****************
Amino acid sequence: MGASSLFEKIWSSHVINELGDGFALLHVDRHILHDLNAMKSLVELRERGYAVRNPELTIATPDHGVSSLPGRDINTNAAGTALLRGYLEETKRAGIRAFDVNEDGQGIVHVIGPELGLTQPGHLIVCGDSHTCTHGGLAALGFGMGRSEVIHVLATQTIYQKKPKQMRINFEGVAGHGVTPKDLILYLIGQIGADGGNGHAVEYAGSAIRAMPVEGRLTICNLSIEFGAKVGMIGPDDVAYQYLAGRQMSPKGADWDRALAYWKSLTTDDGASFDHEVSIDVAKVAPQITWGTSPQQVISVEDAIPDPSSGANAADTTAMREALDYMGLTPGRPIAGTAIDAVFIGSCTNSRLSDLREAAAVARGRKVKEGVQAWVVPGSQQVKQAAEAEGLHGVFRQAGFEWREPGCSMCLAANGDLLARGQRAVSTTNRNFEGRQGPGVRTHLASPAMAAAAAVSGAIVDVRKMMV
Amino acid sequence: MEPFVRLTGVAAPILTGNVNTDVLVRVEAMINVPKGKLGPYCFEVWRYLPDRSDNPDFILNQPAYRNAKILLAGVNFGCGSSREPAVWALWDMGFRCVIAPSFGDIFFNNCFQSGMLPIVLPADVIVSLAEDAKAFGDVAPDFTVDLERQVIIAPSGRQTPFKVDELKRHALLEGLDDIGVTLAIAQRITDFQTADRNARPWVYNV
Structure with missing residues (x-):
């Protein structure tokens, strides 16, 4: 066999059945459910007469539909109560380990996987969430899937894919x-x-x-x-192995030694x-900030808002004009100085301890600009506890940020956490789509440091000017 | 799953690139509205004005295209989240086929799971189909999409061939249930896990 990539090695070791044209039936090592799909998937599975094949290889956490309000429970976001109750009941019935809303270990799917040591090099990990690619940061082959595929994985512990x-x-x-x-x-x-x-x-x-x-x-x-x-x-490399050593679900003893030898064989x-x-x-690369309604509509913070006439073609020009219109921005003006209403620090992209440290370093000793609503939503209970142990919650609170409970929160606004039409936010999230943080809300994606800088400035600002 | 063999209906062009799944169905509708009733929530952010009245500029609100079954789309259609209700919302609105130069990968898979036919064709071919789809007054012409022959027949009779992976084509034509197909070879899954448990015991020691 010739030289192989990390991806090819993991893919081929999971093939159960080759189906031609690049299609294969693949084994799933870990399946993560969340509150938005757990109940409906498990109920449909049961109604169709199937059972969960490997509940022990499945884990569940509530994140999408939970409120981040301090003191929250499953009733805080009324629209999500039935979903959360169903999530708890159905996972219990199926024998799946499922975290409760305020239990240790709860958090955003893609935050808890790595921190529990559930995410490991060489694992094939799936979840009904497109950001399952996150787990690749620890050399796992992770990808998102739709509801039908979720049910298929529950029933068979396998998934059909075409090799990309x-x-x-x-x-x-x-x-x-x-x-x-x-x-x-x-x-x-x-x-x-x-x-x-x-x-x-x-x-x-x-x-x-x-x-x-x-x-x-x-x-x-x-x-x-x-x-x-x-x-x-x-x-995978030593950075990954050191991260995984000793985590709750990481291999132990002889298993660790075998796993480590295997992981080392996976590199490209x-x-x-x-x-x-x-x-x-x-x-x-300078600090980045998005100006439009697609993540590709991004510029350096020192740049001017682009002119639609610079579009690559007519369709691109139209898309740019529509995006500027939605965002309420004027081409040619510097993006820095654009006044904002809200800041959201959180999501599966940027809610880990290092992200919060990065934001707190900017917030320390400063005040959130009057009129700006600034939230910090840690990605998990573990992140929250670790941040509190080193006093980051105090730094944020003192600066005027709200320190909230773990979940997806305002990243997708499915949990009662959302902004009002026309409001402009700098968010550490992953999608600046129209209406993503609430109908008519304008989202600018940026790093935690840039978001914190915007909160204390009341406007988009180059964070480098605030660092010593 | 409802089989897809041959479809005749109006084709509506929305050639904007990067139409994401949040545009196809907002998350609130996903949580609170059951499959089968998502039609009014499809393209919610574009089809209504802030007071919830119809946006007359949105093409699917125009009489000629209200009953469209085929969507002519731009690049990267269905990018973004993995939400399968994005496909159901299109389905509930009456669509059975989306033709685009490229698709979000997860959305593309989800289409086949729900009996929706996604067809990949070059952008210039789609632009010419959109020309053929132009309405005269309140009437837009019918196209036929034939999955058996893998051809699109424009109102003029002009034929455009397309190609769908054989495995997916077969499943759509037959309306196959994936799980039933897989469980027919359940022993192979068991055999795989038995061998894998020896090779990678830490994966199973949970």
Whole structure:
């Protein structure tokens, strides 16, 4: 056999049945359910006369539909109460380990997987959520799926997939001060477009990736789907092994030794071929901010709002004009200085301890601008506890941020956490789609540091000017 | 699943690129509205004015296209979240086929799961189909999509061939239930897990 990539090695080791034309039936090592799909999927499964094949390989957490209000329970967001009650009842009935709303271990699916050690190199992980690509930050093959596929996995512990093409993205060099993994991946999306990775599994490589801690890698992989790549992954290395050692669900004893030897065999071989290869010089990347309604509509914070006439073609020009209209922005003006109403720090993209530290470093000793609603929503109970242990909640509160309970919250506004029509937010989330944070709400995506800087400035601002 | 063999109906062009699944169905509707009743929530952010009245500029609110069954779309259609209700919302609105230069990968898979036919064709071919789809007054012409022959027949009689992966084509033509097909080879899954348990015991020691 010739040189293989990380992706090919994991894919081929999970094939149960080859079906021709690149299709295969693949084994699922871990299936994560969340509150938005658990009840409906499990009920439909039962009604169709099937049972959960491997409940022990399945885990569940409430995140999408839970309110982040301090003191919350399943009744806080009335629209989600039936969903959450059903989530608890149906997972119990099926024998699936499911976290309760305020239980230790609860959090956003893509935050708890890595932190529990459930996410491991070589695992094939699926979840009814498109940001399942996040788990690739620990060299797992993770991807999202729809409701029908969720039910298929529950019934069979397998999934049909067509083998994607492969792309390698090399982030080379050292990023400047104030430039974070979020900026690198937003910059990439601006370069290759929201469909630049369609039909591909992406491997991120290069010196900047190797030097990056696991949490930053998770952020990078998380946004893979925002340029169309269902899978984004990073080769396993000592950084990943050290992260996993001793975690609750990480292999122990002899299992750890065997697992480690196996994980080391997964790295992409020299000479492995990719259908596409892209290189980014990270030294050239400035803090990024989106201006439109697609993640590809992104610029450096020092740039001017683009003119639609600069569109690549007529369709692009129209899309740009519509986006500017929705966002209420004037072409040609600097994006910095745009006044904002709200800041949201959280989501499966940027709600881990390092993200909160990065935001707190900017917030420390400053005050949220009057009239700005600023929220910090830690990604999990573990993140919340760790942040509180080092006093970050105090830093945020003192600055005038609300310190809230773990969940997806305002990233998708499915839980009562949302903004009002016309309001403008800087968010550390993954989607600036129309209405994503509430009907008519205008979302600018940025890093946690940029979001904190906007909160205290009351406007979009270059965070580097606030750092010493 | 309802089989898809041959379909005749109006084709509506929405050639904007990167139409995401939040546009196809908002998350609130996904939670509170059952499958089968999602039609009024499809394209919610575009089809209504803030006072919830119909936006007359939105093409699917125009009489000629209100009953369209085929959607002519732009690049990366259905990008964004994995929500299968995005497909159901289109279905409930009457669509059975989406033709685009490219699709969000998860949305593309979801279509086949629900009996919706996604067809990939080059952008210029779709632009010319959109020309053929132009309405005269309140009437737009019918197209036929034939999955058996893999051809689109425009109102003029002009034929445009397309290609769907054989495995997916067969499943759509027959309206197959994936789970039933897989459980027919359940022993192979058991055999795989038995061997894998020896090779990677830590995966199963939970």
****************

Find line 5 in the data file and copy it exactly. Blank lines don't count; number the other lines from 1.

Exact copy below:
Whole structure: